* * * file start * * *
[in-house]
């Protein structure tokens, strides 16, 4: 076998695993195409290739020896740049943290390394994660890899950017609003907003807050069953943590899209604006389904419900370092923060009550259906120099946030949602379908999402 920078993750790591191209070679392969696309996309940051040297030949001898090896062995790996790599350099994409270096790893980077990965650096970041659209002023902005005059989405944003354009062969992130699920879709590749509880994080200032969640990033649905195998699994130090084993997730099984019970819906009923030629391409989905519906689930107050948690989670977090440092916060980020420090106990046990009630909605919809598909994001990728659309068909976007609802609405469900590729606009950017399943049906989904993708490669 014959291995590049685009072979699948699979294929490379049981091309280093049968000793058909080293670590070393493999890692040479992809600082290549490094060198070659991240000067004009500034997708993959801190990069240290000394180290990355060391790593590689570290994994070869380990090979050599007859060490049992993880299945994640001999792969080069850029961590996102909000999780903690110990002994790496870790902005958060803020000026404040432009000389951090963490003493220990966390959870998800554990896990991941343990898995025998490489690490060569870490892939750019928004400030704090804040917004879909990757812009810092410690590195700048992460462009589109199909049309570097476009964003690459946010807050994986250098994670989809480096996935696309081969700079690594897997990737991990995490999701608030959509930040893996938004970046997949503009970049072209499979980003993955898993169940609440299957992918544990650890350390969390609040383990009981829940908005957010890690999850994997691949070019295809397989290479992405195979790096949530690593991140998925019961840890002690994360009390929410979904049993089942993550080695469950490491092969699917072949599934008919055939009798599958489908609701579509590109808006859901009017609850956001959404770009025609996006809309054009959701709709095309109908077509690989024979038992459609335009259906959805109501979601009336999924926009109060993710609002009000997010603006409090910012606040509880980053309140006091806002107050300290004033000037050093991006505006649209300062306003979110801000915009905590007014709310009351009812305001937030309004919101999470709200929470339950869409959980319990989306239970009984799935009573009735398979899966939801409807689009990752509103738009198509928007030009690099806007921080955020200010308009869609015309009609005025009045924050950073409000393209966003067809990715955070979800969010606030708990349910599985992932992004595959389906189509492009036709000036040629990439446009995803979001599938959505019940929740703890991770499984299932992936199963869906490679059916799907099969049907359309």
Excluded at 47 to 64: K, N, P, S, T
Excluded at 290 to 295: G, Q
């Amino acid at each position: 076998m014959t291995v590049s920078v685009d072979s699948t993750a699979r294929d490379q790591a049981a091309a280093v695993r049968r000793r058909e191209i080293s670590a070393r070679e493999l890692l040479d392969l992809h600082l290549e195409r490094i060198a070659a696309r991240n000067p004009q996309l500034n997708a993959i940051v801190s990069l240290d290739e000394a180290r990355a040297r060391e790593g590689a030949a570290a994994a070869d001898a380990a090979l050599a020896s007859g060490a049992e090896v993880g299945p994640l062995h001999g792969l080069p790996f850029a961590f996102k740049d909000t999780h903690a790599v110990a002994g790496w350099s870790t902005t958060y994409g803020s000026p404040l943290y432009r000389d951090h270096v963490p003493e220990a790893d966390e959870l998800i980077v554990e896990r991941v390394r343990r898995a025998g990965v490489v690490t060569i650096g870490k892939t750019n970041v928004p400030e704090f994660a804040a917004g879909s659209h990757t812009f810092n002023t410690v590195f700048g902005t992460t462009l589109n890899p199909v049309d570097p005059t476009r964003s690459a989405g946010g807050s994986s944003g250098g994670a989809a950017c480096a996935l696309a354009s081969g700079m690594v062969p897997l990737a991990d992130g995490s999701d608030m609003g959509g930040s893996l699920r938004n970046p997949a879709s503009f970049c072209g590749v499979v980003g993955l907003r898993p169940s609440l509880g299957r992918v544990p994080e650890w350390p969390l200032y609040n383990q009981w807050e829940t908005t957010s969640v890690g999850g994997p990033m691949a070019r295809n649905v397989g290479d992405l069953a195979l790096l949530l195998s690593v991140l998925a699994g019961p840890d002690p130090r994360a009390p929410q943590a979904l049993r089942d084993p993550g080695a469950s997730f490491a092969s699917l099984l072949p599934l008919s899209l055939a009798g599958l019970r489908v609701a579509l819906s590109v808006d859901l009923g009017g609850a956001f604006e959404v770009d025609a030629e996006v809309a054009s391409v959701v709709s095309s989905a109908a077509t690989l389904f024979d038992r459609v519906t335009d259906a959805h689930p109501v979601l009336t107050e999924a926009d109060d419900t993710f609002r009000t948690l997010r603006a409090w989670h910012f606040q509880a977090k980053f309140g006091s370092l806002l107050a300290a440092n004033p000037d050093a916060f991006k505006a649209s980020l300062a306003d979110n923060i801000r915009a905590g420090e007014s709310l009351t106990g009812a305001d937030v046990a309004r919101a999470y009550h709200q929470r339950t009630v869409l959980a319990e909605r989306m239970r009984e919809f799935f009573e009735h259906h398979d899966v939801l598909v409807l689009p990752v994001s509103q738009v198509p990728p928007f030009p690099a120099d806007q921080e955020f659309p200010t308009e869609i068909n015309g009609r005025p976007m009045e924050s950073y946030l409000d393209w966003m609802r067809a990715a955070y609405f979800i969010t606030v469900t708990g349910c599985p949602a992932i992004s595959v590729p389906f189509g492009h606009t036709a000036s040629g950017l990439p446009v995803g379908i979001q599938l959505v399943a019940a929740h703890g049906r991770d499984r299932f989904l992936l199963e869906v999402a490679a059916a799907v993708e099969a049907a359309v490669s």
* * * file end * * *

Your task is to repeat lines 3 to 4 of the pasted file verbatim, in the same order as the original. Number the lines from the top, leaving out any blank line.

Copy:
Excluded at 47 to 64: K, N, P, S, T
Excluded at 290 to 295: G, Q